First, any time an individual is to be detained by peace officers on the suspicion, on reasonable grounds, that he or she may be planning a terrorist activity, in order to prevent that, the individual obviously may be apprehended and presented to a judge.

I think one of the improvements that has been made in this legislation is that when we present that individual for detainment or at least released on bail with conditions possibly, the basis on which the detention is to be now ruled upon has been narrowed.

The scope of the grounds for detention by the Senate amendments has been narrowed and, therefore, the general clause on reasonable and just grounds that a judge may be able to detain the individual has been eliminated and the specific grounds that are only reasonable in the circumstances have been retained in this particular legislation.

I believe that improves this legislation and takes a certain degree of arbitrariness out of the hands of the presiding judge.

The second particular improvement that has been made by the amendments or the improvements that have been presented by the government is that in the previous legislation it was implicit and clear that the same judge who may have first heard the matter with respect to possible detention or bail would have to hear the matter.

Now in fact, as the legislation is presented, it makes room for any other judge of the provincial court to be able to hear the matter so that the matter can be dealt with expeditiously, and I believe that is very important.

One of the other amendments that has been made is the ability of any person ordered to attend the investigative hearing to deal with past terrorist activity or future potential terrorist activity. That person may retain counsel prior to the hearing, prior to the commencement of the hearing, or at any stage in the course of the hearing. That right to counsel, one of the fundamental rights that has been guaranteed all Canadians by common law and by charter, is now clearly mentioned and provided to those who may face investigative hearings, or of course the issue of detention.

These are unique and extraordinary remedies. When a person is picked up and asked to attend before a judge for an investigative hearing, it is only reasonable that the police officers involved should have made all reasonable efforts and attempts to actually get at the information they require through other regular means.

That requirement is now clearly placed in this legislation so that when police officers take a particular individual with the crown before a judge for an investigative hearing, either for past activity or potential future activity, one has to satisfy the judge that all of the reasonable efforts that could have been made to obtain that information without the use of this extraordinary remedy have been made.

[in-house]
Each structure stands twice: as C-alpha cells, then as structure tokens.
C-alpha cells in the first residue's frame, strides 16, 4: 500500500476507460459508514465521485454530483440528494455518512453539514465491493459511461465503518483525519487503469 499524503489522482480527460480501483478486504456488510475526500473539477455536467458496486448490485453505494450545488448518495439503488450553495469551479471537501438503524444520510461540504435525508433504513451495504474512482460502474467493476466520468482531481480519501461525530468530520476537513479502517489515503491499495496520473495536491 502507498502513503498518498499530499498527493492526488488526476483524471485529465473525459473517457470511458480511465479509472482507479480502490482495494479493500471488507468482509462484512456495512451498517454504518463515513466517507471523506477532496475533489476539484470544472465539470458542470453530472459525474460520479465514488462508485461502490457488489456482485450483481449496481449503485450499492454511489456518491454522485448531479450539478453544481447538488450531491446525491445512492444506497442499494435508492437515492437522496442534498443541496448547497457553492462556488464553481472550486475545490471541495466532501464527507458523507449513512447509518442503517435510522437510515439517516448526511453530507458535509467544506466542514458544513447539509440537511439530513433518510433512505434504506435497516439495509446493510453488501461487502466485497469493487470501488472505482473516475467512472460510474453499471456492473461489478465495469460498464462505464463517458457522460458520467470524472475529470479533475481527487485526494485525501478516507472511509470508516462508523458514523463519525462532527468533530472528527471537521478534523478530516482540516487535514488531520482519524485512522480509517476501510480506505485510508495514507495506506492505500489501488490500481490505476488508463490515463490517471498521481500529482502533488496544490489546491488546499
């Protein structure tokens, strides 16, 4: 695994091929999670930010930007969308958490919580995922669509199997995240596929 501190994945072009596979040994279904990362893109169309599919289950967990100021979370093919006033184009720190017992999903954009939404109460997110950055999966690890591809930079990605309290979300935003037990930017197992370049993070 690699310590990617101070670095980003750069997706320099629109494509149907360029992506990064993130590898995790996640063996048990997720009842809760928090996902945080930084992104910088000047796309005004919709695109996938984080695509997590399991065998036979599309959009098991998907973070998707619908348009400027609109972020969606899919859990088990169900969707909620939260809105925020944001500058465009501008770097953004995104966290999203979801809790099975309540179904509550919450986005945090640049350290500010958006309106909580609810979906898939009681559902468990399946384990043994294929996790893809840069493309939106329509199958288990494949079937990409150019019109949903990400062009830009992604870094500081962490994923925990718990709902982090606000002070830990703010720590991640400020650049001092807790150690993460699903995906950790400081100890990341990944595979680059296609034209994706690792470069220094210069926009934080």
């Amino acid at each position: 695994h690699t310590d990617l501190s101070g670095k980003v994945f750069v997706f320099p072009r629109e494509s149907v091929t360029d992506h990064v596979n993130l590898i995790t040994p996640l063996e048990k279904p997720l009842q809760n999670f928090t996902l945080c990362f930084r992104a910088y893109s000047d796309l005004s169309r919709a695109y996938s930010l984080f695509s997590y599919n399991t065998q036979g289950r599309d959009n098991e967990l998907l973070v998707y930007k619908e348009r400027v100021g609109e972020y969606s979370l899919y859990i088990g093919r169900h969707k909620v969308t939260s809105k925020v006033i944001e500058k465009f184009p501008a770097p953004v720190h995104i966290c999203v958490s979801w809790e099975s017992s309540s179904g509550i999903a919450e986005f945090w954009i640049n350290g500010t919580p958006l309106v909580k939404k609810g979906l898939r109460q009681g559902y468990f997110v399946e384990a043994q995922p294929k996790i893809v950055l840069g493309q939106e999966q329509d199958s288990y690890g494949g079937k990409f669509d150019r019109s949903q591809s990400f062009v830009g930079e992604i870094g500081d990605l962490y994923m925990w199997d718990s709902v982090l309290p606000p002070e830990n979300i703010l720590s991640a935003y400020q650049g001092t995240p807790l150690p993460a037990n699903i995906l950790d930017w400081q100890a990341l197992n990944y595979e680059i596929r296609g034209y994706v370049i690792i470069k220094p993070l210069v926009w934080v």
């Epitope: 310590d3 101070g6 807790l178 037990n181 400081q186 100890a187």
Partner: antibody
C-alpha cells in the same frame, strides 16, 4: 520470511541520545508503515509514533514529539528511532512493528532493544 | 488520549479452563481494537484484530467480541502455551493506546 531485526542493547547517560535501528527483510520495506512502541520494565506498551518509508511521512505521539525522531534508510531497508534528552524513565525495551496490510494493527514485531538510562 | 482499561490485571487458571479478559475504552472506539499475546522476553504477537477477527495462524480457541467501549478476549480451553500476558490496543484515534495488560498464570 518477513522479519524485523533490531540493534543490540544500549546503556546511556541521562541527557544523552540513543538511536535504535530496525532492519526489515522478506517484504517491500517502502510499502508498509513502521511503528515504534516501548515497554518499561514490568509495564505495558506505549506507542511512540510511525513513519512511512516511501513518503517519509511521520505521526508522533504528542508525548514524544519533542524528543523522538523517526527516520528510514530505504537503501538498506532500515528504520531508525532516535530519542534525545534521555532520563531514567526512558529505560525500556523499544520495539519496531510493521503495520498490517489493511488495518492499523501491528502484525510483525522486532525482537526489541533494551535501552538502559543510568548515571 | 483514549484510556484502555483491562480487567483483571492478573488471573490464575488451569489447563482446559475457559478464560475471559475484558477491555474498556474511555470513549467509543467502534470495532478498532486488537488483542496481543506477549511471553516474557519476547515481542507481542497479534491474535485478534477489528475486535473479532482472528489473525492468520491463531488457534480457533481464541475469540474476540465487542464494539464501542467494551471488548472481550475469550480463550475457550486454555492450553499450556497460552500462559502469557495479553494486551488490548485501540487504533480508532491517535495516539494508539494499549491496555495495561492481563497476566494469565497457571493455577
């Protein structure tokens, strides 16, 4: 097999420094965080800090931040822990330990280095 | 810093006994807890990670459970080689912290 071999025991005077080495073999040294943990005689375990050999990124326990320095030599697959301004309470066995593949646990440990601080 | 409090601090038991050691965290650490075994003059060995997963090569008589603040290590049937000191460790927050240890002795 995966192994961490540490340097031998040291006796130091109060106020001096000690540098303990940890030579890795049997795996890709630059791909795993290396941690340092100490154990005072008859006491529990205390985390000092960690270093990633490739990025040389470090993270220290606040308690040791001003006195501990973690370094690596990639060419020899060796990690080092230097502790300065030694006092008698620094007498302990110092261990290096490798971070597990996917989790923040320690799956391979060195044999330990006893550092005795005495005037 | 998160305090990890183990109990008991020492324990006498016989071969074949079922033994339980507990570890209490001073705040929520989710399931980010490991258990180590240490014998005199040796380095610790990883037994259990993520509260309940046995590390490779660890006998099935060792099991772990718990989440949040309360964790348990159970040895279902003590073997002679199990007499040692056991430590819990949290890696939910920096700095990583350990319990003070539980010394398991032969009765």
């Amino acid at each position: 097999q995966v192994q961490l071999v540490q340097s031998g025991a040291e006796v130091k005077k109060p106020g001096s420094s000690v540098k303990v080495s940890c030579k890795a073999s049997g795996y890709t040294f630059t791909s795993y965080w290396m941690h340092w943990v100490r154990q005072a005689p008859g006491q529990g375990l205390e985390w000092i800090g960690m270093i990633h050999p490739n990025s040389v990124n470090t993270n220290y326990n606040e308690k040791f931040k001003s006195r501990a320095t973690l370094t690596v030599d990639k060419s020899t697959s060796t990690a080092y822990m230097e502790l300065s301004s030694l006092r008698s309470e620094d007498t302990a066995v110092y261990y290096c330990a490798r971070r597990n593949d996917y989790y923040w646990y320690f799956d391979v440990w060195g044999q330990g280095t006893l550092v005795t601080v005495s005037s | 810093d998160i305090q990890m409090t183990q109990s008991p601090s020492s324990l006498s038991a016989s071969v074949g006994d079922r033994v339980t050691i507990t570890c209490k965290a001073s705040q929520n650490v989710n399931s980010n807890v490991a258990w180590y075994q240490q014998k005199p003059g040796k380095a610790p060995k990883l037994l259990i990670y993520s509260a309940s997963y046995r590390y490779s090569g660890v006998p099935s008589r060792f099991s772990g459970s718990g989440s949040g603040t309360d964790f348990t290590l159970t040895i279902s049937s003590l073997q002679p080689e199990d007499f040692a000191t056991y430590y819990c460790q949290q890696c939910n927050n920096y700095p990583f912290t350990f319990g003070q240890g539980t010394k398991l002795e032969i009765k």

I believe that actually provides some guarantee to individuals who may be asked to attend investigative hearings that the crown and the police have to make all reasonable efforts to get the evidence otherwise.

The new reporting provisions that are now in this legislation are that every year both the public safety minister and the attorney general, the minister of justice of Canada, have to provide annual reports to Parliament, and therefore to Canadians, indicating whether or not there is a continuing need to retain these provisions in the Criminal Code.

I believe that guarantees a certain degree of transparency and due diligence on the part of the government for Canadians, because Canadians need to know that these are extraordinary remedies and they are not being left on the books unnecessarily, that there is a continuing need. I think that is a very important change.

I believe that before the end of five years, before the sunset clause takes effect, there is now a mandatory provision for a review of both of the clauses in the Criminal Code with respect to bail and investigative hearings by both Houses of Parliament.

Either committee of either House, I believe, can complete that review. That is very important because this indicates that before we come to a situation as we did in the spring of last year where these decisions were made, where the government made no effort to change anything or take into account any of the recommendations that had been made by that date, that situation would not reoccur.

There is an obligation on the part of the House and the Senate, both or singularly, to actually engage in a mandatory review of these clauses and provide that report to Canadians and to the government.

Based on the four or five annual reports that would have been provided by both of the ministers and the last review before the end of five years, the government then can take those into account and determine whether or not these clauses ought to be renewed in the Criminal Code, and if they ought to be reviewed. Then the government would have all of the ammunition, so to speak, in its hands to be able to persuade the House and persuade Canadians that this is appropriate.